By Michel-Camille Bordeau…….
Parenting works in mysterious ways. It’s a complex affair for experienced, willing parents and a intimidating undertaking for those who, like myself, never prepared themselves for it, never imagined they would be fit for the task, or be given the opportunity. Two years ago, I became a born again parent, a step-dad to an 8 year old with an incredible (free)thinking mind and a mean high kick. Overnight, I grew a second heart—the first one being for his mother—and with twice the volume of blood stimulating my (free)thinking brain, I discovered a whole new family of anxieties that can be summed up with: ‘Seriously, don’t fark up (this kid’s life).’
By Louis A. Ruprecht, Jr…..
On the day after Osama bin Laden’s unexpected death was announced by the US President, a fascinating new exhibition was previewed at the Metropolitan Museum in New York. Entitled “Savage Beauty,” it bore more than a casual relevance to the city’s attempt to grasp the right tone in the twinned face of this assassination and the upcoming decennial commemoration of the September 11th attacks. Naturally, that strange-sounding juxtaposition needs some explanation. It has something to do with the sacred. That is to say, it has something to do with an important aesthetic and religious category very popular among the Romantics: the Sublime.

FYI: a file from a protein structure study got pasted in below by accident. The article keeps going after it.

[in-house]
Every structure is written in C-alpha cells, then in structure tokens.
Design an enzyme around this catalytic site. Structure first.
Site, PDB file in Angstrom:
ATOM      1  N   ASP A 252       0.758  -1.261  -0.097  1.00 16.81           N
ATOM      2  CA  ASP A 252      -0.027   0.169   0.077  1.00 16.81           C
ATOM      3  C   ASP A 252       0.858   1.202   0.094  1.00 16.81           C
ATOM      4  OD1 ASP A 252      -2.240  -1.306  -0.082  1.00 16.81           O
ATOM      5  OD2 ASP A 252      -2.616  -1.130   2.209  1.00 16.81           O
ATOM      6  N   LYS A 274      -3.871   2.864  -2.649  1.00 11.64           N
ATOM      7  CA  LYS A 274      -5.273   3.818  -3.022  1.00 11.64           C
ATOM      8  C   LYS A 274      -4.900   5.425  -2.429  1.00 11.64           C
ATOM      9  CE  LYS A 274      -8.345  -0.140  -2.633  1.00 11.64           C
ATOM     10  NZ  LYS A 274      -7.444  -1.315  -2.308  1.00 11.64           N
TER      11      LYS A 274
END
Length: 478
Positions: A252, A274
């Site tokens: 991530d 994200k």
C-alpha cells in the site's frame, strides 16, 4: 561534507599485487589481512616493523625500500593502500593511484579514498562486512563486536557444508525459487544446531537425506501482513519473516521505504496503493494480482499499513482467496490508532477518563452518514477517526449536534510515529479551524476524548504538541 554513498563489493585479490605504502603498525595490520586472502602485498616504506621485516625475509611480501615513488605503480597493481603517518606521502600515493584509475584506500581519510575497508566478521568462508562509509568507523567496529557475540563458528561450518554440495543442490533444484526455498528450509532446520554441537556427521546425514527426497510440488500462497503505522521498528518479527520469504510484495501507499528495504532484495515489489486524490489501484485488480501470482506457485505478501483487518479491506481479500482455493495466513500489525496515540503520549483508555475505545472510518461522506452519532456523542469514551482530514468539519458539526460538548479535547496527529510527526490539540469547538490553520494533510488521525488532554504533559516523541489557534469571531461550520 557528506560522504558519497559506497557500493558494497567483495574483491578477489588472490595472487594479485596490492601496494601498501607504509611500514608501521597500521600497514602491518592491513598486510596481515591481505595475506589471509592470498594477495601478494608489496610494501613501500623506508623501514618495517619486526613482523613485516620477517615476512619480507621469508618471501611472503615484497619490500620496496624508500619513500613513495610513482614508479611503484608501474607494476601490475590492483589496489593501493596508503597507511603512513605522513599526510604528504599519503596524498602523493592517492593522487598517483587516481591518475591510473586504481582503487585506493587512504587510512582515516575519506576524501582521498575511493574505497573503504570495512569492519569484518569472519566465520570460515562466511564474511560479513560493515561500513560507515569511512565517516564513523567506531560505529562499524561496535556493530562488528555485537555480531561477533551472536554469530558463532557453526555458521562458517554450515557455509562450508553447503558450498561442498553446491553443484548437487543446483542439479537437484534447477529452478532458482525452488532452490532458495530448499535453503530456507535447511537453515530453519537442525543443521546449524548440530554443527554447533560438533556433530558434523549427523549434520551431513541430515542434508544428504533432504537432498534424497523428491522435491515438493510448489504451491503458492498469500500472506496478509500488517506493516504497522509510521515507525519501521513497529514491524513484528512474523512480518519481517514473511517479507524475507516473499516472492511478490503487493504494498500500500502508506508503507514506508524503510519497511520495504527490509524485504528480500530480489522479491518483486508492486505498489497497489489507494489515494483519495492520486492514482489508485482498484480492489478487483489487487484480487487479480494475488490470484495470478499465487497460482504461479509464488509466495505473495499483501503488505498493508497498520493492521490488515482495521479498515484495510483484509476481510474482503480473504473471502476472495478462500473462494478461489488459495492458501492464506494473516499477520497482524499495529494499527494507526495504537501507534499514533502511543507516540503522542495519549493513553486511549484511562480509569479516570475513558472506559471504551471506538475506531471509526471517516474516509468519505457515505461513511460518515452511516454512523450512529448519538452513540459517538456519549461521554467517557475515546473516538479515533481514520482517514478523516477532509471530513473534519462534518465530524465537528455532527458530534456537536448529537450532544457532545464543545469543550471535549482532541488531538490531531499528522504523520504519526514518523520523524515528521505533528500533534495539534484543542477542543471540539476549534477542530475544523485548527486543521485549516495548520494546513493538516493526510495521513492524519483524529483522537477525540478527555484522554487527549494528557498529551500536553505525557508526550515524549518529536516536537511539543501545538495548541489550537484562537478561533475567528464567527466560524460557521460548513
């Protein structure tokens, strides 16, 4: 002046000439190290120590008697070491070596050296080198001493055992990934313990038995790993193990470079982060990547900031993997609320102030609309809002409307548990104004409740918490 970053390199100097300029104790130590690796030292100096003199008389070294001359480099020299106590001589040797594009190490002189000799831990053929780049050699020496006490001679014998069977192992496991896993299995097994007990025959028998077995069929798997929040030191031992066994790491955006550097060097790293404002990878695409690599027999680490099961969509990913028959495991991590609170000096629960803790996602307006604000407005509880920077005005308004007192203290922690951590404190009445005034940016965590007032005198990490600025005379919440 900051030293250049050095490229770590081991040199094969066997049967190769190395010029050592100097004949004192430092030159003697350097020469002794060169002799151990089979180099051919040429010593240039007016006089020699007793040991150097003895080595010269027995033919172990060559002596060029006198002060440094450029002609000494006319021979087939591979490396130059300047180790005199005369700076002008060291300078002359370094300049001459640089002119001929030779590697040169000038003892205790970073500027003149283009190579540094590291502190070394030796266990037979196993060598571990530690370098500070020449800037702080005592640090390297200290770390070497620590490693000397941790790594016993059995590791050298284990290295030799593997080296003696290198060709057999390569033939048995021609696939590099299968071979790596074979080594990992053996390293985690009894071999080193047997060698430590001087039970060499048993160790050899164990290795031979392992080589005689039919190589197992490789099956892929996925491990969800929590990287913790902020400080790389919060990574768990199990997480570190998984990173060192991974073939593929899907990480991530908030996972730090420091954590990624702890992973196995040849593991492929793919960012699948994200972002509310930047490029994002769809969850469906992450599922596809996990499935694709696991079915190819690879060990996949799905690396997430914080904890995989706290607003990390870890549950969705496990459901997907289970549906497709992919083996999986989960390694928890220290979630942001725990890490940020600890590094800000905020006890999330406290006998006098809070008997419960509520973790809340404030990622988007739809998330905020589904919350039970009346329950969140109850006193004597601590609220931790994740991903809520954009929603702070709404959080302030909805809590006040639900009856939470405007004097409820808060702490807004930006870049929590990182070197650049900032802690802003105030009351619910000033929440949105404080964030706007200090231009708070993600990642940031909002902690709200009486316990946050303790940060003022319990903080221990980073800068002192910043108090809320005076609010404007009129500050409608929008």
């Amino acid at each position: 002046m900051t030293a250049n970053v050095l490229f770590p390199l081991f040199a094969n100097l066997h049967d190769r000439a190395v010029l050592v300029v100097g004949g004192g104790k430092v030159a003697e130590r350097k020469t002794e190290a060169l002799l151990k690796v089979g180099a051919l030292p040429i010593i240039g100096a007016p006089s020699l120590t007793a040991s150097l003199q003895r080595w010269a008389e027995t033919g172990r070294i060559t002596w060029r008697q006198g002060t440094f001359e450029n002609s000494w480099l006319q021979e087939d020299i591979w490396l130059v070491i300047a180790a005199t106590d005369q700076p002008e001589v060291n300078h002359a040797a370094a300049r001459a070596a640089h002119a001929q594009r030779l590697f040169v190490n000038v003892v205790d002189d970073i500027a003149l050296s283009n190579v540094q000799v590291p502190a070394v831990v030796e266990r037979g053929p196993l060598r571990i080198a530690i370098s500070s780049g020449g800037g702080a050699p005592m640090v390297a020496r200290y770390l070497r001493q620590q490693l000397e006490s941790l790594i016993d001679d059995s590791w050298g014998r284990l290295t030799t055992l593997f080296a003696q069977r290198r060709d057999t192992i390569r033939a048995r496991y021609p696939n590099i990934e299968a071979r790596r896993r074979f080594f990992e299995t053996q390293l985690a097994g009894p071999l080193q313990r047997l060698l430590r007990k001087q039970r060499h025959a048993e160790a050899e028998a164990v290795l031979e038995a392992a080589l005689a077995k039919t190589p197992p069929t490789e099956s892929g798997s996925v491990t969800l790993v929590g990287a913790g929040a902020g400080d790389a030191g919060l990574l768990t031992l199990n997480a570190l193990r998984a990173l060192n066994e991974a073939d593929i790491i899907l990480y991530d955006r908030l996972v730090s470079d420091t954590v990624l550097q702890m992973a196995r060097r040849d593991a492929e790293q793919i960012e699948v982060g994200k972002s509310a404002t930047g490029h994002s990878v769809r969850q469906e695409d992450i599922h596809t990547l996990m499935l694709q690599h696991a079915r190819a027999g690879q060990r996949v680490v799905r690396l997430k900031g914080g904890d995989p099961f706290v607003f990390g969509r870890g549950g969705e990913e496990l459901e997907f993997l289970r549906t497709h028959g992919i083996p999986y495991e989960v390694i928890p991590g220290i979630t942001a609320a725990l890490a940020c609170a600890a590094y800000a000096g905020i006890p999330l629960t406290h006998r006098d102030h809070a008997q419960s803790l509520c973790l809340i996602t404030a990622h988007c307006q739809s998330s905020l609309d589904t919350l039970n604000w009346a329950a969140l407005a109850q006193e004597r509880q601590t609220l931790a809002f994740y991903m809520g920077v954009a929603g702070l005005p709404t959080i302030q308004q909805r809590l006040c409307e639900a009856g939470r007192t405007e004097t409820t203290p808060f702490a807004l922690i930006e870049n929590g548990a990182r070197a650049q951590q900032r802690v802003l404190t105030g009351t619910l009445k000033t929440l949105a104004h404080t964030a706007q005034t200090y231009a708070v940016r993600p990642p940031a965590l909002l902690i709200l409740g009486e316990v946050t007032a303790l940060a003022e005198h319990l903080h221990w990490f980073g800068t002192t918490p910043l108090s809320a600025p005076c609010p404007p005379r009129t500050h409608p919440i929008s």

By Michel-Camille Bordeau….